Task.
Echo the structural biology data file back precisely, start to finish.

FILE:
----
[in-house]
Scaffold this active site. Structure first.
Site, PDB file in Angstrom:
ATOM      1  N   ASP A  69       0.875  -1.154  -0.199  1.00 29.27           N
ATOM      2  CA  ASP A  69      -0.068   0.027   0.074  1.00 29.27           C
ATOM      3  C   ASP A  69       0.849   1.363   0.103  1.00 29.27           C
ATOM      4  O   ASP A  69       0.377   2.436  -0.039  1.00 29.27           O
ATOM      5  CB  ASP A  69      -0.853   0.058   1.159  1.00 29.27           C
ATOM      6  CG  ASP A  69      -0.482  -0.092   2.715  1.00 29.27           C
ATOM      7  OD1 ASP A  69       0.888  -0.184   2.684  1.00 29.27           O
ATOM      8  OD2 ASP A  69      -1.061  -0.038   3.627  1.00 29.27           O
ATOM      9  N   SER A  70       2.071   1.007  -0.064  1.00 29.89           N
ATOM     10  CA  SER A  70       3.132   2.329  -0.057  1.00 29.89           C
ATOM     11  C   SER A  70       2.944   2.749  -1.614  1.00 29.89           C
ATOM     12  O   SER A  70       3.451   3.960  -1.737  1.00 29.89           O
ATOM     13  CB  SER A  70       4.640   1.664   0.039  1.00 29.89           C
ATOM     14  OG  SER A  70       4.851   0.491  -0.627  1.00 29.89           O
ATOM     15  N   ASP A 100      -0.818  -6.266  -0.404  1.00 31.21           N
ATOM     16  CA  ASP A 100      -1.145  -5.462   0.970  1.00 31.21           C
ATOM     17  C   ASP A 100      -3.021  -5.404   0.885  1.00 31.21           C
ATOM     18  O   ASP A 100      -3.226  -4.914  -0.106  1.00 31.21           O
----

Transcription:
[in-house]
Scaffold this active site. Structure first.
Site, PDB file in Angstrom:
ATOM      1  N   ASP A  69       0.875  -1.154  -0.199  1.00 29.27           N
ATOM      2  CA  ASP A  69      -0.068   0.027   0.074  1.00 29.27           C
ATOM      3  C   ASP A  69       0.849   1.363   0.103  1.00 29.27           C
ATOM      4  O   ASP A  69       0.377   2.436  -0.039  1.00 29.27           O
ATOM      5  CB  ASP A  69      -0.853   0.058   1.159  1.00 29.27           C
ATOM      6  CG  ASP A  69      -0.482  -0.092   2.715  1.00 29.27           C
ATOM      7  OD1 ASP A  69       0.888  -0.184   2.684  1.00 29.27           O
ATOM      8  OD2 ASP A  69      -1.061  -0.038   3.627  1.00 29.27           O
ATOM      9  N   SER A  70       2.071   1.007  -0.064  1.00 29.89           N
ATOM     10  CA  SER A  70       3.132   2.329  -0.057  1.00 29.89           C
ATOM     11  C   SER A  70       2.944   2.749  -1.614  1.00 29.89           C
ATOM     12  O   SER A  70       3.451   3.960  -1.737  1.00 29.89           O
ATOM     13  CB  SER A  70       4.640   1.664   0.039  1.00 29.89           C
ATOM     14  OG  SER A  70       4.851   0.491  -0.627  1.00 29.89           O
ATOM     15  N   ASP A 100      -0.818  -6.266  -0.404  1.00 31.21           N
ATOM     16  CA  ASP A 100      -1.145  -5.462   0.970  1.00 31.21           C
ATOM     17  C   ASP A 100      -3.021  -5.404   0.885  1.00 31.21           C
ATOM     18  O   ASP A 100      -3.226  -4.914  -0.106  1.00 31.21           O